"If you don't design your own life plan, chances are you'll fall into someone else's plan, and guess what they have planned for you? Not much." ~Jim Rohn
What's a YoL?
I've named it a Year of Learning (YoL). It's not a sabbatical and it's not a mid-life gap year. I'm not taking a year off to travel or meditate on top of a mountain. And it's not just a career move. Neither do I want to go in early retirement. I don't know that it will be a year long. Ideally it will keep going in some shape for the next 20 years. I do anticipate that loads of learning will occur, some planned and most unplanned and unanticipated, which is why I have decided to call it a Year of Learning.
Timeline (and the beneficial impact of anticipation)
My YoL will start in August 2017. It's mid-January 2017 and I've been planning this for a while already (Social Impact Consulting - September 2016). It feels like planning a vacation. The planning part can be as fun and rewarding as the vacation itself. I'm applying some of the findings of anticipation research, transferring them from the context of a vacation to a career change.
My ultimate goal is to design a smooth transition from a traditional 9-5 job with benefits into satisfying independent consulting work that will allow more flexibility to do the things I want to do without having to wait for retirement to do them.
I have goals for this YoL, I even have a detailed business plan, but I'm ready to throw the plan out the window if something else emerges. Here are four angles I'll be working on:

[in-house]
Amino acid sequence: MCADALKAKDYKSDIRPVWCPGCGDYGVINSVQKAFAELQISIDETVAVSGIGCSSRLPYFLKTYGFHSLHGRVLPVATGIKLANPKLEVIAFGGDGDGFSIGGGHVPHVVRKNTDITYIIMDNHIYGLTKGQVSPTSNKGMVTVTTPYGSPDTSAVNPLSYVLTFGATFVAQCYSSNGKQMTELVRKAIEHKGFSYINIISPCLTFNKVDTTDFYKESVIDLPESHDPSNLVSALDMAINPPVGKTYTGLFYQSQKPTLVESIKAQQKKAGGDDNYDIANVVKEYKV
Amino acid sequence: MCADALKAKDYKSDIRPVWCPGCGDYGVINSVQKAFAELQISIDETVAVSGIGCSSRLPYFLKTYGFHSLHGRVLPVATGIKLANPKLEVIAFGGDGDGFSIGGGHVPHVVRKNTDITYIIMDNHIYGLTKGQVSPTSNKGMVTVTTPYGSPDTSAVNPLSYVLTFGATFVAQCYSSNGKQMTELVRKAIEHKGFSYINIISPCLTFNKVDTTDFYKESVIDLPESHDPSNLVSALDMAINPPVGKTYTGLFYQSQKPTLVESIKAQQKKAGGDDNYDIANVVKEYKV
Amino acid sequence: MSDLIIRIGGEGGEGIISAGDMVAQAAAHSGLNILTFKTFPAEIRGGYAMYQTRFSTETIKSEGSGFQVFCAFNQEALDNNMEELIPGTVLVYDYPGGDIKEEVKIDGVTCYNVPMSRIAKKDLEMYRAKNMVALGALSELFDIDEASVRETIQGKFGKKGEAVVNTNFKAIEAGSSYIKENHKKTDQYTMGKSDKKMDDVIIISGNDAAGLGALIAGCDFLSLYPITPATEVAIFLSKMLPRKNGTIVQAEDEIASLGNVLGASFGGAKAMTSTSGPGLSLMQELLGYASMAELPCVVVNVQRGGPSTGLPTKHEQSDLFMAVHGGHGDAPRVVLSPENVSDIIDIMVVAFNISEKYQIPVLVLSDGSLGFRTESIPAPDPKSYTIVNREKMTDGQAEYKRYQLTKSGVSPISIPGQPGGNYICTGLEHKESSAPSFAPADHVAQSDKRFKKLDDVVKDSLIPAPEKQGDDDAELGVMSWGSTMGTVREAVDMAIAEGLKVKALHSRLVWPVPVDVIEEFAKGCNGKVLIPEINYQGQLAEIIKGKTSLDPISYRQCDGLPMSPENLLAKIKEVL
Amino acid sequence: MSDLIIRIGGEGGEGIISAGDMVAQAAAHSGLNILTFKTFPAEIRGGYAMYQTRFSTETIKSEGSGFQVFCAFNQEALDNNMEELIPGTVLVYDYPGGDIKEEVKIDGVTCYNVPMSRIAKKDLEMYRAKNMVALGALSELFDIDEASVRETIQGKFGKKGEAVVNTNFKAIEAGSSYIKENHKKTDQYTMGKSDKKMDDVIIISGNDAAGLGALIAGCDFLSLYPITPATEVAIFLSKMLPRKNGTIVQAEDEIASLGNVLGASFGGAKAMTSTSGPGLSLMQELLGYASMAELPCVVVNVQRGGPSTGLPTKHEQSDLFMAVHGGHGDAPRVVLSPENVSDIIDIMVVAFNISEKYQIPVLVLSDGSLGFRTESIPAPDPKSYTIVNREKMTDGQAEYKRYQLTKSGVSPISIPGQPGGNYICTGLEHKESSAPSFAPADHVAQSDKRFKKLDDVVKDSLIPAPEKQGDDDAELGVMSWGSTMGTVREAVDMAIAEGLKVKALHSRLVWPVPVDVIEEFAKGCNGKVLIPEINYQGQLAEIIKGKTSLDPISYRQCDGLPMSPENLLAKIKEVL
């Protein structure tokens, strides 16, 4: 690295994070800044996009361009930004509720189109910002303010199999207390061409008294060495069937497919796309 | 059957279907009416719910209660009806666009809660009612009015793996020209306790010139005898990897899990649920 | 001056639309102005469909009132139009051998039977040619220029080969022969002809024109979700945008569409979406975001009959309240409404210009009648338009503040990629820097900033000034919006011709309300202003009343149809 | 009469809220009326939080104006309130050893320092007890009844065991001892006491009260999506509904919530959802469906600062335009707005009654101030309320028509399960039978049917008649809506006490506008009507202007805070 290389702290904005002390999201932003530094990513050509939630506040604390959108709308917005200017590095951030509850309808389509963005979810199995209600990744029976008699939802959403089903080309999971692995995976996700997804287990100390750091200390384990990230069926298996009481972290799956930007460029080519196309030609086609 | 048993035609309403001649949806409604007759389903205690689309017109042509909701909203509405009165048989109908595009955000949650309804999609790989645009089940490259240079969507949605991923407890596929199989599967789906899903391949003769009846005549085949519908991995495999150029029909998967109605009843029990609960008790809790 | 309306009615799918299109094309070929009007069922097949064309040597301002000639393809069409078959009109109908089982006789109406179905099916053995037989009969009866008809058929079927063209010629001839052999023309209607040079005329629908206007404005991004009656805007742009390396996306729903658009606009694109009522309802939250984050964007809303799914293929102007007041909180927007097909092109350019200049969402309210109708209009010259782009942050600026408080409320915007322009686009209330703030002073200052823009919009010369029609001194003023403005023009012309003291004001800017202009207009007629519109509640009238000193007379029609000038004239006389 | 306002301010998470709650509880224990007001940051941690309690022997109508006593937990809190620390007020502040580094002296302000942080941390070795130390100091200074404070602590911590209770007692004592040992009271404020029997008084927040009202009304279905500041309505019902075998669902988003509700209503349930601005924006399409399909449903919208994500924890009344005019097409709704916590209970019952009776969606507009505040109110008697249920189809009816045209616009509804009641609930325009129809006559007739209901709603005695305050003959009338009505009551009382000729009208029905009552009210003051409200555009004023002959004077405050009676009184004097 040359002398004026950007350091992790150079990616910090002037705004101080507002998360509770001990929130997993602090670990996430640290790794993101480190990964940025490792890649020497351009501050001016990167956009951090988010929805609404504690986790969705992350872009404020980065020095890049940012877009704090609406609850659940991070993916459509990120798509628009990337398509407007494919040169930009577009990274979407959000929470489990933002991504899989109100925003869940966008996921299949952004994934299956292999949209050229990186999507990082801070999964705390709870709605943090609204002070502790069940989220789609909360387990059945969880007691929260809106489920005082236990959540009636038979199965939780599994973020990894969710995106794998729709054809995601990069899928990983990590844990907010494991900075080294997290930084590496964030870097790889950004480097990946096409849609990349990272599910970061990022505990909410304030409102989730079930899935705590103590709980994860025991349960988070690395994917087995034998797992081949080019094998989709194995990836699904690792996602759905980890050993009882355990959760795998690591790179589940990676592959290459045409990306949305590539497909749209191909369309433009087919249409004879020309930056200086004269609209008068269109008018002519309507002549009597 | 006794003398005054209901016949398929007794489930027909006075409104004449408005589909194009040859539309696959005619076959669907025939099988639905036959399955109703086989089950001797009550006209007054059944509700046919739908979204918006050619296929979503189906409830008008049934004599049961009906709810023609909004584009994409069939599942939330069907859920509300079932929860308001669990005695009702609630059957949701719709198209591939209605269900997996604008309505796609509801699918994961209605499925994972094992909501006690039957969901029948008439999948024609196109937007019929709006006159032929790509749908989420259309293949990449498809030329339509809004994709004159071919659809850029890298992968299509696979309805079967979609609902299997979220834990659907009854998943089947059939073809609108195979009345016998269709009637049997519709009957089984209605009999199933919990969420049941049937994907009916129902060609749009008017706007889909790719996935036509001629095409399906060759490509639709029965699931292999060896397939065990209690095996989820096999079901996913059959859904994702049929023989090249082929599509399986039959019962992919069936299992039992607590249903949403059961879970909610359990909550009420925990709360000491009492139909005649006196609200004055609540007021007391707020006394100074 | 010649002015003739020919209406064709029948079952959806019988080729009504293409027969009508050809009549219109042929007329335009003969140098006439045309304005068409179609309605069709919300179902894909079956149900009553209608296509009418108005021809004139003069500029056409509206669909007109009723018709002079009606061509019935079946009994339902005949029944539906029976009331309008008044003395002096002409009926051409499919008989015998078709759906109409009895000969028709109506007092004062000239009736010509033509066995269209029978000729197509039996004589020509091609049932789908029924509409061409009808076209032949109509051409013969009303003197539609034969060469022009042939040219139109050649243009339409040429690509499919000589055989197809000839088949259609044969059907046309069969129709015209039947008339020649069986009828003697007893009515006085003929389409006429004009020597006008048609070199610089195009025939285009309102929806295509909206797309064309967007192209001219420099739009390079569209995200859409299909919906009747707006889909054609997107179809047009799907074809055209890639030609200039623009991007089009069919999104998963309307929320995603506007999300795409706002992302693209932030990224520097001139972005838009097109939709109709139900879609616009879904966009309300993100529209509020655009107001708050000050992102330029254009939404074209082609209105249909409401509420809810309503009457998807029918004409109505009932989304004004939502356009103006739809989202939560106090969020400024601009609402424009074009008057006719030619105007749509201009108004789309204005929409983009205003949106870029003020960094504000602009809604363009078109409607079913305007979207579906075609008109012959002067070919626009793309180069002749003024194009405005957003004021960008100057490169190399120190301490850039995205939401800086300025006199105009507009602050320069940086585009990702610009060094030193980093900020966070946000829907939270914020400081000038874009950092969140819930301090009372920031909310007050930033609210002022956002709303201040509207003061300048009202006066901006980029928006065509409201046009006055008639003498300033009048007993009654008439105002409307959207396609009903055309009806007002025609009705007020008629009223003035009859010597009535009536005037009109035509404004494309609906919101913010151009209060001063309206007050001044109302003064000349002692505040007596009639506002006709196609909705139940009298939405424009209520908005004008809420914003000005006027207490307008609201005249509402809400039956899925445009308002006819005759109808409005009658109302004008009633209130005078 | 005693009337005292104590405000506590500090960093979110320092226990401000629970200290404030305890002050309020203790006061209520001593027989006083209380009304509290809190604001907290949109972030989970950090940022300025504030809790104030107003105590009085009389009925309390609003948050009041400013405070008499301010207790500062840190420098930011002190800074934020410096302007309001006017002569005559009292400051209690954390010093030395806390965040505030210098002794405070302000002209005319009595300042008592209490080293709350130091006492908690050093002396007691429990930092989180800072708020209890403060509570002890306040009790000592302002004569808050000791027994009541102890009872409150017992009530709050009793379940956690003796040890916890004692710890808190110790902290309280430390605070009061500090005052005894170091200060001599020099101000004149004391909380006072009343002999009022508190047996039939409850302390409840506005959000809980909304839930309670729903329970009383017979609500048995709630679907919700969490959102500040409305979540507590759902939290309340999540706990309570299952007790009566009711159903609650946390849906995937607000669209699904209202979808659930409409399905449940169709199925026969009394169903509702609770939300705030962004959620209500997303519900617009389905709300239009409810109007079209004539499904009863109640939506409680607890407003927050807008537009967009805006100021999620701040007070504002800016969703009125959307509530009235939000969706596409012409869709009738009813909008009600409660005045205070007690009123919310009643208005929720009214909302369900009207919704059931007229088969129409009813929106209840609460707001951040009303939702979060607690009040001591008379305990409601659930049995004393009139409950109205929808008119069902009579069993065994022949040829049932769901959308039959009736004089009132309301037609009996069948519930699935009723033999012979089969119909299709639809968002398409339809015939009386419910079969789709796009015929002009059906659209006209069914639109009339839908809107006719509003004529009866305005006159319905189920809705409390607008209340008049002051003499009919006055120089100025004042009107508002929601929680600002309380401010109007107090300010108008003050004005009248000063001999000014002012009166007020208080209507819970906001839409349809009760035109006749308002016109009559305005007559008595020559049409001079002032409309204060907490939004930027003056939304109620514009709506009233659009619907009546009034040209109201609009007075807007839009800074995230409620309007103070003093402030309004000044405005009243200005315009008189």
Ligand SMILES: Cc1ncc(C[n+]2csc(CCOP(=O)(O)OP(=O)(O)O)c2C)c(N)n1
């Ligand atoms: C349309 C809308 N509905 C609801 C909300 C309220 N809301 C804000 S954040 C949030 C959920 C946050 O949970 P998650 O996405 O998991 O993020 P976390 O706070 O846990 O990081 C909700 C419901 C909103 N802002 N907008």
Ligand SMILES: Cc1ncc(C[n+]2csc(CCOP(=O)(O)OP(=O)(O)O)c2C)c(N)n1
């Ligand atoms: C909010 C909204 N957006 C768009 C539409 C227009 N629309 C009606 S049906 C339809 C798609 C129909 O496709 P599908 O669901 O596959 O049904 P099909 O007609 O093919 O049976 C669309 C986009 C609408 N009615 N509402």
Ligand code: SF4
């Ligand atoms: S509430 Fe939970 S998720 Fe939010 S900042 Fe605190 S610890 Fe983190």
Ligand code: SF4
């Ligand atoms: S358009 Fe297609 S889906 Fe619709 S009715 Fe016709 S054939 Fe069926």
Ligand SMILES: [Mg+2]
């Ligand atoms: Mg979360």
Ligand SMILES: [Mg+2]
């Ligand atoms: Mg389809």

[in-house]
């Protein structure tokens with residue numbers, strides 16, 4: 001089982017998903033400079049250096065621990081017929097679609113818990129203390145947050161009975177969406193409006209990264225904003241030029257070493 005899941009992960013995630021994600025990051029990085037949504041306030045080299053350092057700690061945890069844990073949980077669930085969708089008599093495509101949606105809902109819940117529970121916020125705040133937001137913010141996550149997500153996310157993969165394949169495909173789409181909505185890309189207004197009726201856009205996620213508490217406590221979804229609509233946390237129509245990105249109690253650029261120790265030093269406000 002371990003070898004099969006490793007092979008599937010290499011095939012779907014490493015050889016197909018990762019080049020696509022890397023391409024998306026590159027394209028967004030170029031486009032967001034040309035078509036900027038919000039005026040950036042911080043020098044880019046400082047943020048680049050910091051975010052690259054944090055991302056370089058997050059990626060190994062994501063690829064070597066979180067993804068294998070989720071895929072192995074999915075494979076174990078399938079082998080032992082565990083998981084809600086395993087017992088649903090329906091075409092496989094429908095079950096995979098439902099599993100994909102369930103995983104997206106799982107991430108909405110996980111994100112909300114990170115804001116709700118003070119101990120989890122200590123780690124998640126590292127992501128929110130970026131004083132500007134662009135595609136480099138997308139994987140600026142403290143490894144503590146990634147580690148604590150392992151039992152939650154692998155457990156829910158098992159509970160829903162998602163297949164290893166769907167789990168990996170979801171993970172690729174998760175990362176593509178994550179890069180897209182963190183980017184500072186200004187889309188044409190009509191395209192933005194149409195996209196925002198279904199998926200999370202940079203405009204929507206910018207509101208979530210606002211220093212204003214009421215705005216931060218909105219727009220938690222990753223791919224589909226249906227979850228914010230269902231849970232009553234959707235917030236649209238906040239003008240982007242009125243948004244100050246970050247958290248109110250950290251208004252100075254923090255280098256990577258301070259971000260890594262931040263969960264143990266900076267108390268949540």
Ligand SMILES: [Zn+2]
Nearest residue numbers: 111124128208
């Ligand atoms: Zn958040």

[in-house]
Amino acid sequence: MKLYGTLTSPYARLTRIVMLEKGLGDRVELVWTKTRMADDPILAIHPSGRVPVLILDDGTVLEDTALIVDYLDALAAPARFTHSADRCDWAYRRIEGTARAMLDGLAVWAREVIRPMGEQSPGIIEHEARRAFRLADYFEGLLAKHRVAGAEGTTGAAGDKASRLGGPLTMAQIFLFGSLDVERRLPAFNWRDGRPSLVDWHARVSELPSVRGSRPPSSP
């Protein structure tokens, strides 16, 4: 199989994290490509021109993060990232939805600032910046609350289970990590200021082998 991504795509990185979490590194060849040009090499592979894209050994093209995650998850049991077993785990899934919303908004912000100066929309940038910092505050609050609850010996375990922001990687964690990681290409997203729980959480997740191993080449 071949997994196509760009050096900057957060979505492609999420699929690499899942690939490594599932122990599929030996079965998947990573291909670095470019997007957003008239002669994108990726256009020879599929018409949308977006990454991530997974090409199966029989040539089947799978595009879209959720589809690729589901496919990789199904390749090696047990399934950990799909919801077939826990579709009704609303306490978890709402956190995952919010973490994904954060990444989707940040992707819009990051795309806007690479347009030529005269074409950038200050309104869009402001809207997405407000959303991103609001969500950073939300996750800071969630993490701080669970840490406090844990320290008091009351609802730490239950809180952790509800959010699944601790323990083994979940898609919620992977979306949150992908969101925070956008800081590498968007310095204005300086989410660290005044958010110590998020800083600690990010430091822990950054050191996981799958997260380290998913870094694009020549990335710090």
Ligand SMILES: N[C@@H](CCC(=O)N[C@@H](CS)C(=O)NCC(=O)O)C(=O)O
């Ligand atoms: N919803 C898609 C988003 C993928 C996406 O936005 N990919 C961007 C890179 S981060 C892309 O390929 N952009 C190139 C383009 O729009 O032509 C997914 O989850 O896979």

- Loads of Learning - That's an easy goal because it's an existing habit, almost on autopilot. The key is to balance focused, intentional learning with serendipitous learning and exploration. I also have a specific research project in mind (see next blog post).
- Make (some) Money - Yes, this is not a 12 months vacation and it's not a sabbatical with a job to get back to in a year. That's where the business plan comes in. The YoL does require an income stream but my goal is to not make it the top priority.
- Nurture my Network(s) - This will be more of a stretch, will require some pro-active planning --which sounds redundant --, and it will be critical to my overall well-being as well as important for long-term success.
- Work out the "Work-life Balance"- Why wait to retire to go on those long bike rides in the middle of the week? Schedule it and just do it! No more 8 hours in front of a computer. There has to be another way.
- The Case for a Midlife 'Gap" Year: Baby boomers are taking career breaks to reflect, re-energize and restart their engines, by Anne Tergesen, Wall Street Journal, December 8, 2013.
- A Gap Year for Grown-ups, by Marc Freedman, Harvard Busienss Review, July 14, 2011.
- Nigel marsh: How to make work-life balance work. TEDTalk, May 2010.